Dancers in Washington Square Park

On my way to the KGB reading, I’ve come into Bobst library – the red-ochre, Uluru-coloured behemoth that menaces the older residents of Greenwich Village – to break my blog fast, or, blog silence, which is due, perhaps, to having been off in a siding of the New York City digestive tract for several weeks – not that it hasn’t been fun, it’s just that, sometimes, you get too absorbed to observe consciously. Sometimes, that part of you called “living” has to be given free rein, and that part called “writer” has to take a back seat.

Kerouac didn’t advertise the fact that he would come back from his epic Benzedrine-driven road trips to his mother’s house, and spend months in quiet, writing. For me, thankfully, it isn’t as pronounced. I’m happy to follow a busy week with a quiet one (and be busy with writing). For a while back there, during a besotted, “lonely-in-New York month”, half the nights I couldn’t get home before 3, because I was in love with the elbows I rubbed up against in the East and West Village dives, not there so much for the contents of the multifarious seduction of the back-lit bottles (though, that too), as for the company. As Hell says: “pull up a stool, there’s always room for one more. ” And, it was fun to wash out of taxis with people I’d only just met, in places I wouldn’t know how to get to the next day.

But, to tell the truth, how else would you spend your first three months in New York? (It’s like what a friend said to me, whose exciting new business is about to be boarded by venture capitalist pirates, and he’s still living in a kip in south Brooklyn – I don’t think he’ll mind me saying it, because I live in the same kip. Late one night we decided to get a taxi home from a bizarre karaoke in Korea Town with white leather booths. I enjoyed his “New York moment perspective.” He said: “tomorrow, you could be broke, and couldn’t do this anyway, and one day you’ll be old, so you may as well do it now.” The taxi was barreling down the East River drive. If it were a quai in Paris, it would have been beautiful. Here it was gritty and dirty, but the grandeur came from the energy that was crackling through everything. And then, of course, the meta-moment came, crossing the Brooklyn Bridge at 3 a.m., came with a pocking rush, like the tyres of the taxi driven by the Haitian driver, when you realise, “shit – I’m here. I’m HERE!”)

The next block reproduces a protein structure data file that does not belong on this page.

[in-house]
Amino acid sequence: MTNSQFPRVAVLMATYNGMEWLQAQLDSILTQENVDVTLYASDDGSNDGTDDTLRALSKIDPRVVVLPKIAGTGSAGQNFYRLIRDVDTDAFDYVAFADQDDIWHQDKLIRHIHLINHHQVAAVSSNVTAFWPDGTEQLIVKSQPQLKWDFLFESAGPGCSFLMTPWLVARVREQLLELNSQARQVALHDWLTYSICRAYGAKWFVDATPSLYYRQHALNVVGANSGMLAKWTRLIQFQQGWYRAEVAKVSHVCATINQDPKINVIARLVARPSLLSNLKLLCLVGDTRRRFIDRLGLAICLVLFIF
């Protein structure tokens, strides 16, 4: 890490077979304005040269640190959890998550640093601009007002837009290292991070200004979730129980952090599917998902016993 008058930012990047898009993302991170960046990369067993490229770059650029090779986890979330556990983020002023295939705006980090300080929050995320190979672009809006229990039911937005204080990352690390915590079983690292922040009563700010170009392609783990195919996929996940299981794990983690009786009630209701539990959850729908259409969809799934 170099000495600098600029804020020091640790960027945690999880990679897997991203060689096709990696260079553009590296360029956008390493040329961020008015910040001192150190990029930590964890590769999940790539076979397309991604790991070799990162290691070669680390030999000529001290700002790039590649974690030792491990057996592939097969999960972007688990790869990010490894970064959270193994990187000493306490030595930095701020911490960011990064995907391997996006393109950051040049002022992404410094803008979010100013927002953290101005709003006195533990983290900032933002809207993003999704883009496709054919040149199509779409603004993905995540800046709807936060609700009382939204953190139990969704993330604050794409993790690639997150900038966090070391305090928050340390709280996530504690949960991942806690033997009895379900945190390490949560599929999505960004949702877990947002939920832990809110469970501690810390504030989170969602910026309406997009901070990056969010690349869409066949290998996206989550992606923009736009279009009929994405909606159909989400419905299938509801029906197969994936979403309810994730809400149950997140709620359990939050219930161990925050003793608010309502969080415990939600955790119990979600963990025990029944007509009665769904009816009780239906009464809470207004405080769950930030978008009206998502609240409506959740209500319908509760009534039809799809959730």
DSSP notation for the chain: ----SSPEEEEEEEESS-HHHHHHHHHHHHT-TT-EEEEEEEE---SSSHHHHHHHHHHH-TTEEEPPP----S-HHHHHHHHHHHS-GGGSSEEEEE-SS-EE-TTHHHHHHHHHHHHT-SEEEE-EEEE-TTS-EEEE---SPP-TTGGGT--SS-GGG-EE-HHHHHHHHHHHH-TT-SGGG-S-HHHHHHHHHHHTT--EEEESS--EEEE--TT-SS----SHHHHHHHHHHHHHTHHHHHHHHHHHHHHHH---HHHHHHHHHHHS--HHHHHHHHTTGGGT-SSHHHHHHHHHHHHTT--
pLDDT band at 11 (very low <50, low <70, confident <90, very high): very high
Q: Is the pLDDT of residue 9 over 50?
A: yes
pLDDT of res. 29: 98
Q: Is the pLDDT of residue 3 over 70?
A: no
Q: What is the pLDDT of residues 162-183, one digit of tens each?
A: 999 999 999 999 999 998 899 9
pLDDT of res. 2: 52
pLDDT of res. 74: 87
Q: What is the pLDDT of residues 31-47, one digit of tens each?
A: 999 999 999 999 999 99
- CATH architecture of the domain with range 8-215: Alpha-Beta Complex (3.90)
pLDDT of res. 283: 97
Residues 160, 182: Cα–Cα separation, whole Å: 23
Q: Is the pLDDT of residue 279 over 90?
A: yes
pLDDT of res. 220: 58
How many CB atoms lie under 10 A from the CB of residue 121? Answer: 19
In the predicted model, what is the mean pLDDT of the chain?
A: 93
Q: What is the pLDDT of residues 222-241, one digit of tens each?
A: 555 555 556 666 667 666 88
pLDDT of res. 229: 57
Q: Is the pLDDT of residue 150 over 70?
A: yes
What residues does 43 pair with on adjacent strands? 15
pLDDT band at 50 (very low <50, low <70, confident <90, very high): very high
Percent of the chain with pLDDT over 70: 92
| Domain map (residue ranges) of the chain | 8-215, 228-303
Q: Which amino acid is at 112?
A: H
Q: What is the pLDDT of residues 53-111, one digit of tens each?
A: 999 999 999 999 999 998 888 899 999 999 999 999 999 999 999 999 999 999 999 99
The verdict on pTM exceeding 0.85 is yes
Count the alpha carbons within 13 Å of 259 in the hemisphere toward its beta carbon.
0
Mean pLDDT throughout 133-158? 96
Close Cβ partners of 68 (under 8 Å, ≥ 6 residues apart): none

Tonight reminds me that, just recently, I’ve come back to a sense of perspective. I’ve been reminded of that walking through Washington Square, where Black and White and Asian kids in white hoodies are dancing like the cheesy Fat Boy Slim dancers in the video Praise You – they’re dancing hip hop to a boom box under the red lights of the Christmas tree, under Washington Square’s white arch, with the Empire State behind it, lit white. One of the kids hugs me as I pass; I laugh, and he moves on: “let me see you clap your hands, I know you can,” he says to two little girls sitting nearby. In the Village, at least, off 6th Avenue, there’s an exhaling, as rush hour loosens its grip, before Friday night’s carnage begins.

It’s a time for quiet in Washington Square, if you have quiet inside you. And I do.